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Alexandra

When did ballet become an obsession for you?

25 posts in this topic

Assuming it did :dry:

By "obsession" I mean having to go to more than the one performance a week on your subscription, or reading more than was in the subscription brochure. What turned you from a casual balletgoer into a regular, an aficionado, a balletomane?

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This is easy. I'd been a casual balletgoer for about ten years when Suzanne returned to NYCB in 1975. Balanchine's obsession was over and mine began.

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When I was in high school. I had gone to a number of NYCB programs that I had appreciated, but hadn't really grabbed me.

What did grab me was Romeo and Juliet with Fonteyn and Nureyev in the Spring of 1969(yes I was STILL in high school)

That really opened the door for me. I must have gone to 6-8 performances over the course of a few weeks. I started cutting school to go into Manhattan for standing room.

Richard

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My name is carbro, and I am a balletoholic.

I think I was born that way, although neither of my parents had the problem. But both grandmothers treated me to performances of NYCB when, as a suburban youngster, I'd come into New York.

For the first few years I lived in the city, I either had classes or jobs at night and weekends, but in '73 I got my first (and third-to-last) subscription (the third being NYCB's "retirment" subscription this season, as insurance). Midway through the first season, I'd started adding performances to see ballets again which had been on subs programs. And from then on, it was a downward spiral. During the spring, I could often be seen dashing across Lincoln Center Plaza during intermissions, because NYCB had a great opener and closer, but I just had to see ABT's middle piece. Or the reverse. Ticket prices then made that relatively pain free. Not so any longer, which is fine, because my energy level is not what it was, either.

I thought I was alone, but it wasn't long before I began to meet fellow sufferers. And I'm so grateful to have this non-judgmental group, BalletTalk, with whom I can confess my shameful vice.

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I had a long interest in ballet, going back to my mother who trained as ballet dancer in NYC in the 1920s. I attended NYCB and ABT starting in 10th grade and became a subscriber on moving permanently to NYC to go to graduate school. Over the years, I balanced -- still do -- attendance at ballet, modern dance, opera, theater (with preference for the classics), and symphony. I always spent a significant percentage of my income of tickets.

What got me to focus on ballet -- to become a "balletomane," as opposed to a frequent and fascinated audience member?

Several things:

-- a) moving to a small city, where I found I needed to attend mujltiple performances of the same program because relatively few programs are offered -- and then, learning how to observe, compare, label and remember;

-- b) getting into shape and starting to take ballet classes . Doing ballet, at even an elementary level, is a remarkable ticket to observing it well. Not to mention giving me a completely new appreciation of what it is that dancers do and how miraculous it is to do it well.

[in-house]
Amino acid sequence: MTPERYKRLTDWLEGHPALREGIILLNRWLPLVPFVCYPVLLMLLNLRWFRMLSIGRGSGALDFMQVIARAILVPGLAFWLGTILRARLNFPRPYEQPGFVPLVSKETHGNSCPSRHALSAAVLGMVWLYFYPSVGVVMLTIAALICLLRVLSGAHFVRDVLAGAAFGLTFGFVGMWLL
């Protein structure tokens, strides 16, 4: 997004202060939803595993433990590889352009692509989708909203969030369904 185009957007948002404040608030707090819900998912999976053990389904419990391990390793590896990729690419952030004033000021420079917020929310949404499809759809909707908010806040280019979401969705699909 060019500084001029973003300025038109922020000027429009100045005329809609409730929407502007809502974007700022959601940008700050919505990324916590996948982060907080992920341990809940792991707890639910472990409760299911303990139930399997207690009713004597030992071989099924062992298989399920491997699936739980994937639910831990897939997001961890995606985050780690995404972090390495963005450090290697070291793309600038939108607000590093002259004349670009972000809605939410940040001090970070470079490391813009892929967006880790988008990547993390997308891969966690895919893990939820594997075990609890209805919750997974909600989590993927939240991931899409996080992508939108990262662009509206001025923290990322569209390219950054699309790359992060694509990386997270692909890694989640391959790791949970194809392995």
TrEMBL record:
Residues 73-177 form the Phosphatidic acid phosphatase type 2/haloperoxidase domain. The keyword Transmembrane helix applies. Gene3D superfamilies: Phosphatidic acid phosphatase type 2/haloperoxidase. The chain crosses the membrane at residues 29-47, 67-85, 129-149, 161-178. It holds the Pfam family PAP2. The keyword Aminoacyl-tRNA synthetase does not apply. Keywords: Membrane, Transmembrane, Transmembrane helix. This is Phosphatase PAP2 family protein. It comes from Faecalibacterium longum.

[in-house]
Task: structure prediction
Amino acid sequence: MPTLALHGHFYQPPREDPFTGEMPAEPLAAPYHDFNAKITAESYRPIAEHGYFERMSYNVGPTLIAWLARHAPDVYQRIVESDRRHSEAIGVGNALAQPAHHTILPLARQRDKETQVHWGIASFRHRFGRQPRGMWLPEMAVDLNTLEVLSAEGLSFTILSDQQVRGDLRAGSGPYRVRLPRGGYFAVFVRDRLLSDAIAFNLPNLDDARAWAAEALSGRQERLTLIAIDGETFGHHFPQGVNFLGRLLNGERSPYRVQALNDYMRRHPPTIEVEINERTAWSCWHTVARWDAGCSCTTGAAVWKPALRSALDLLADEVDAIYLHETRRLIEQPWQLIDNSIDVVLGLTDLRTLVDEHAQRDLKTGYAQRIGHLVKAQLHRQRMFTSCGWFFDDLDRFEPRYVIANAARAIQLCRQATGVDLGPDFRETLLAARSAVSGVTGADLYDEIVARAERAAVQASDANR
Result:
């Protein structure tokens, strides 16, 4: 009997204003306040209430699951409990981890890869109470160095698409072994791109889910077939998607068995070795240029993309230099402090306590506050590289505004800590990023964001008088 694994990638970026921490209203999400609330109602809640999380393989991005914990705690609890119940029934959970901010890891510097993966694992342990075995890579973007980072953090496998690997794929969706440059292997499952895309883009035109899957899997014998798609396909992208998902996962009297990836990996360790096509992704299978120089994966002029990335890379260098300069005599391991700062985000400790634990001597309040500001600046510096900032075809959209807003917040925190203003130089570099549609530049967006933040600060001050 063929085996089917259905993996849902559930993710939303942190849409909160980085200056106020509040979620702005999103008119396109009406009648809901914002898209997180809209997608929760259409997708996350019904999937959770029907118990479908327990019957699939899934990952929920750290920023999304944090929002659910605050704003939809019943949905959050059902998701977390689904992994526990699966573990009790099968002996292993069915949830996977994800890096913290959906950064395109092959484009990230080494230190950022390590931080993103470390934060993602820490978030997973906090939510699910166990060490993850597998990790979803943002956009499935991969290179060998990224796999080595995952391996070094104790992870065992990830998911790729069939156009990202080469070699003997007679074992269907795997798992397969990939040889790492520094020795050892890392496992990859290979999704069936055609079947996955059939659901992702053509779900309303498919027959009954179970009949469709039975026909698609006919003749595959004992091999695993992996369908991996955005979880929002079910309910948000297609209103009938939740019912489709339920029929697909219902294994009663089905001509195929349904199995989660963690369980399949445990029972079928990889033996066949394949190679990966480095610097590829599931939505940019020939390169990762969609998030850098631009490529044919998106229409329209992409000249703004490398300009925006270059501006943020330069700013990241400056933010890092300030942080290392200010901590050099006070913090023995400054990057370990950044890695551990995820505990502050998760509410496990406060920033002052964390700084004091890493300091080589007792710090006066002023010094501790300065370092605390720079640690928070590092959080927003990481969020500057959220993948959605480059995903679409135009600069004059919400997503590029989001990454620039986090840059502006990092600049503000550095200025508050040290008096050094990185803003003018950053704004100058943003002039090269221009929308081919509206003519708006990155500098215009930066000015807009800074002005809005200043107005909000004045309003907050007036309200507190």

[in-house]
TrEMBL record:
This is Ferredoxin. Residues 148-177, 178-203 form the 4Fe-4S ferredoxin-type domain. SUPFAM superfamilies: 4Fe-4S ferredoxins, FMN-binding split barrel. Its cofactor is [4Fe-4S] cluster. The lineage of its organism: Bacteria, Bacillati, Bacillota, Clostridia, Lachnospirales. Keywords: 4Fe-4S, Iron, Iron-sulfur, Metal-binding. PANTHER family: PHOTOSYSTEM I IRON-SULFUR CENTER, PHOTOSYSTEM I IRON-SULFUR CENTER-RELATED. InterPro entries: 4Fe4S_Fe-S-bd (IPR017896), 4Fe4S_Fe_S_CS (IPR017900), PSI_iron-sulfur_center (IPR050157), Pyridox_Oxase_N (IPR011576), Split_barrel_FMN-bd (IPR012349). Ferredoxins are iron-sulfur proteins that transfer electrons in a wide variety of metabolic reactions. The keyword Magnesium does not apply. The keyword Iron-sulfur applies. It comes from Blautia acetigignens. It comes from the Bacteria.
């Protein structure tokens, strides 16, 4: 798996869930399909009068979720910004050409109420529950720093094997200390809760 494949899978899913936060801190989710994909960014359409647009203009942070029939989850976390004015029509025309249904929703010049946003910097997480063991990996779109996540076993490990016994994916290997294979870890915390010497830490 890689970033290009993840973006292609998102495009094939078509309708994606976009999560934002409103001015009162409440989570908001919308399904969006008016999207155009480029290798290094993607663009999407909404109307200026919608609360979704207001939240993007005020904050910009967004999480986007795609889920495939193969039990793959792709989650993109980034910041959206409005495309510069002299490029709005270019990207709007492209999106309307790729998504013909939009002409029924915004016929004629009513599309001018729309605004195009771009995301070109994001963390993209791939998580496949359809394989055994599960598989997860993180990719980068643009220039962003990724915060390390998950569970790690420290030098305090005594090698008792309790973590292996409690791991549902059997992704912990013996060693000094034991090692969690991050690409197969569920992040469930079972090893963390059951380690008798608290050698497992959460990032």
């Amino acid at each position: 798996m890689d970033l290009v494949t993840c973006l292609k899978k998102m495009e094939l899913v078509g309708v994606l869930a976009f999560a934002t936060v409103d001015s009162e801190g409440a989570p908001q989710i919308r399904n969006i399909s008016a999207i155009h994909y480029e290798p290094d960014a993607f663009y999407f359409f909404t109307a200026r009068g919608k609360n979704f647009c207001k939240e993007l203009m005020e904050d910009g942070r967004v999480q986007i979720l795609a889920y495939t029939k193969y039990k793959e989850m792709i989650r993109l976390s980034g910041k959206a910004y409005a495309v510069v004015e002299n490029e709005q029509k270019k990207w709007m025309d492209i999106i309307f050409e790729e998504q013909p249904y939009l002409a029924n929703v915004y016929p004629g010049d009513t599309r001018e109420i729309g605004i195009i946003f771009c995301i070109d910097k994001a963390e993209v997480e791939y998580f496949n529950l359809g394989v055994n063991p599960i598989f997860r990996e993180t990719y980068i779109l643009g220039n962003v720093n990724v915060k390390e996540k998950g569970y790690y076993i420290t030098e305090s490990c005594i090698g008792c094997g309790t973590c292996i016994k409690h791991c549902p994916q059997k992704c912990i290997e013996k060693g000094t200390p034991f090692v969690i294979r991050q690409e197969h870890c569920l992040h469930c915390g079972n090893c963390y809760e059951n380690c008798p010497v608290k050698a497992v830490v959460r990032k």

-- c) finding Ballet Talk a year ago. You all allow me to tap into --- and participate in -- a rich cultural and historical context of ballet all over the western world.

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My parents always took me to the Nutcracker when I was a kid, but it was my first non-Nutcracker performance--Swan Lake--that did it for me when I was about 15 or 16. Plus discovering the Kultur catalog, and the public library. And, as Bart says, Ballet Talk just made it official. I gave myself the only username I could think of. And the rest, they say...

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when i was little (you know, when dinosaurs ruled the earth) there was a book by mae blacker freeman about ballet that i would repeatedly take home from the library, hold onto a chair and try to twist my limbs into those shapes (didn't help that it featured her daughter in a home setting doing exercises, i figured that meant i should do it that way too). i didn't start ballet lessons until after high school, when i could pay for them myself, but i think the epiphany came at the first performance i saw, which was ruth page's nutcracker, with guests violette verdy and helgi tomasson. i tried to see every company that came through chicago and eventually moved to new york just to *be* there.

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When did ballet become an obsession for me? When I joined this board!! Or is this just the food that feeds the obsession? :)

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When I started taking classes at age seven. :)

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Once upon a time, when I was still a little girl, my mother would take me to the theatre. I loved everything about it - getting dressed up in my best dress (the one with tulle petticoats), the long drive into town, the plush foyer, sitting in the theatre as the orchestra tuned up, the hush that fell as the lights dimmed and the orchestra began, to be then utterly transported by the magic of beauty and pure fantasy - all things that I love about it to this day!

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My first season :tiphat: I went to my first ballet almost by chance -- I organized a small group of friends to see a Nureyev and Friends program out of curiosity. We were in our mid-20s and trying to be more "grown up" (about time!) and take advantage of all the cultural events and arts programs Washington offered. I was immediately enchanted and started reading, went to New York to see a few programs and subscribed. But I was still normal :yahoo:

The first company on the subscription was ABT -- two weeks, six programs. Ah, those were the days1 I bought tickets to every program, then the casting was released and I realized I wasn't getting either Kirkland or Baryshnikov in six out of 14 tries. The more I saw, the more I wanted to see, and the more I read. By the time New York City Ballet (the second company on the subscription, three weeks, nine programs) came, I was buying tickets for nearly every night -- every program, every cast. Orchestra seats were $10.90 back then, and I had a real job and could afford them :wink: By the end of the season, I was an addict.